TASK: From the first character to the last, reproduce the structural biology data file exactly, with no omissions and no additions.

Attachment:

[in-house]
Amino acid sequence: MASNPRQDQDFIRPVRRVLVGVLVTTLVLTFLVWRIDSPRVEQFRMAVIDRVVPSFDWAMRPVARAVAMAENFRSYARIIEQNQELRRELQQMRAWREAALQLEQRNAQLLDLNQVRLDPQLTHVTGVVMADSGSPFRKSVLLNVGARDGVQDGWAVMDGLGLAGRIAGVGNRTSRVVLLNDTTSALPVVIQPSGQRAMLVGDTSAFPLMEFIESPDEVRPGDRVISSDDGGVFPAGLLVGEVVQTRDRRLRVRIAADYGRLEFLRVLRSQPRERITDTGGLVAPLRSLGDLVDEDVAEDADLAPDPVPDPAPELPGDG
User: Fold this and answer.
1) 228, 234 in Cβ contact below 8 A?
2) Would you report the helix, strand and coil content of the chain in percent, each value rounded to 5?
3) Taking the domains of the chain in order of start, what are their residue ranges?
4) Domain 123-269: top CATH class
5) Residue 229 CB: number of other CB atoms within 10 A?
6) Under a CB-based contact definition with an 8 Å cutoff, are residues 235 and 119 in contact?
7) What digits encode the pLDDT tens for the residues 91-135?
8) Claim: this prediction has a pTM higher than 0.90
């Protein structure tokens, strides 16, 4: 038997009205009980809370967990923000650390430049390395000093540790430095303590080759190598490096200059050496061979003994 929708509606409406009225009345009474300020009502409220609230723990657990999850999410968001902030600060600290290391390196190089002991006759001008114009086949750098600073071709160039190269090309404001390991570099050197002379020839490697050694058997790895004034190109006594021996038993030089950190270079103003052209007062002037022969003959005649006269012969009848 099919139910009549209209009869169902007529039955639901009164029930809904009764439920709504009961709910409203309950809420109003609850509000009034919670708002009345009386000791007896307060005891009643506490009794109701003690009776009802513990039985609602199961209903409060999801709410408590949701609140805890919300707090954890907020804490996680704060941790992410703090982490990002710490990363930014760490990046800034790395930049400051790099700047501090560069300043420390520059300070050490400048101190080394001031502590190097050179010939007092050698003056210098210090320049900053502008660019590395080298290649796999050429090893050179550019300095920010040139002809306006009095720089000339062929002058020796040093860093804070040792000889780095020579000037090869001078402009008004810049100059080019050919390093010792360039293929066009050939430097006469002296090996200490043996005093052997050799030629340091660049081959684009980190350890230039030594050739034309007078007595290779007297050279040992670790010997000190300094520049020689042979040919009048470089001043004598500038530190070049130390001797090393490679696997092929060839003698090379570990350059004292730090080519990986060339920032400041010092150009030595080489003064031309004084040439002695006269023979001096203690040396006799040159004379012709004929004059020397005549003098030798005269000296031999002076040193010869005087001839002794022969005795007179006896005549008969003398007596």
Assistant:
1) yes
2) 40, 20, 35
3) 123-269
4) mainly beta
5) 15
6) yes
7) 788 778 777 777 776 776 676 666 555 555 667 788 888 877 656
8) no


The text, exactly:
[in-house]
Amino acid sequence: MASNPRQDQDFIRPVRRVLVGVLVTTLVLTFLVWRIDSPRVEQFRMAVIDRVVPSFDWAMRPVARAVAMAENFRSYARIIEQNQELRRELQQMRAWREAALQLEQRNAQLLDLNQVRLDPQLTHVTGVVMADSGSPFRKSVLLNVGARDGVQDGWAVMDGLGLAGRIAGVGNRTSRVVLLNDTTSALPVVIQPSGQRAMLVGDTSAFPLMEFIESPDEVRPGDRVISSDDGGVFPAGLLVGEVVQTRDRRLRVRIAADYGRLEFLRVLRSQPRERITDTGGLVAPLRSLGDLVDEDVAEDADLAPDPVPDPAPELPGDG
User: Fold this and answer.
1) 228, 234 in Cβ contact below 8 A?
2) Would you report the helix, strand and coil content of the chain in percent, each value rounded to 5?
3) Taking the domains of the chain in order of start, what are their residue ranges?
4) Domain 123-269: top CATH class
5) Residue 229 CB: number of other CB atoms within 10 A?
6) Under a CB-based contact definition with an 8 Å cutoff, are residues 235 and 119 in contact?
7) What digits encode the pLDDT tens for the residues 91-135?
8) Claim: this prediction has a pTM higher than 0.90
């Protein structure tokens, strides 16, 4: 038997009205009980809370967990923000650390430049390395000093540790430095303590080759190598490096200059050496061979003994 929708509606409406009225009345009474300020009502409220609230723990657990999850999410968001902030600060600290290391390196190089002991006759001008114009086949750098600073071709160039190269090309404001390991570099050197002379020839490697050694058997790895004034190109006594021996038993030089950190270079103003052209007062002037022969003959005649006269012969009848 099919139910009549209209009869169902007529039955639901009164029930809904009764439920709504009961709910409203309950809420109003609850509000009034919670708002009345009386000791007896307060005891009643506490009794109701003690009776009802513990039985609602199961209903409060999801709410408590949701609140805890919300707090954890907020804490996680704060941790992410703090982490990002710490990363930014760490990046800034790395930049400051790099700047501090560069300043420390520059300070050490400048101190080394001031502590190097050179010939007092050698003056210098210090320049900053502008660019590395080298290649796999050429090893050179550019300095920010040139002809306006009095720089000339062929002058020796040093860093804070040792000889780095020579000037090869001078402009008004810049100059080019050919390093010792360039293929066009050939430097006469002296090996200490043996005093052997050799030629340091660049081959684009980190350890230039030594050739034309007078007595290779007297050279040992670790010997000190300094520049020689042979040919009048470089001043004598500038530190070049130390001797090393490679696997092929060839003698090379570990350059004292730090080519990986060339920032400041010092150009030595080489003064031309004084040439002695006269023979001096203690040396006799040159004379012709004929004059020397005549003098030798005269000296031999002076040193010869005087001839002794022969005795007179006896005549008969003398007596």
Assistant:
1) yes
2) 40, 20, 35
3) 123-269
4) mainly beta
5) 15
6) yes
7) 788 778 777 777 776 776 676 666 555 555 667 788 888 877 656
8) no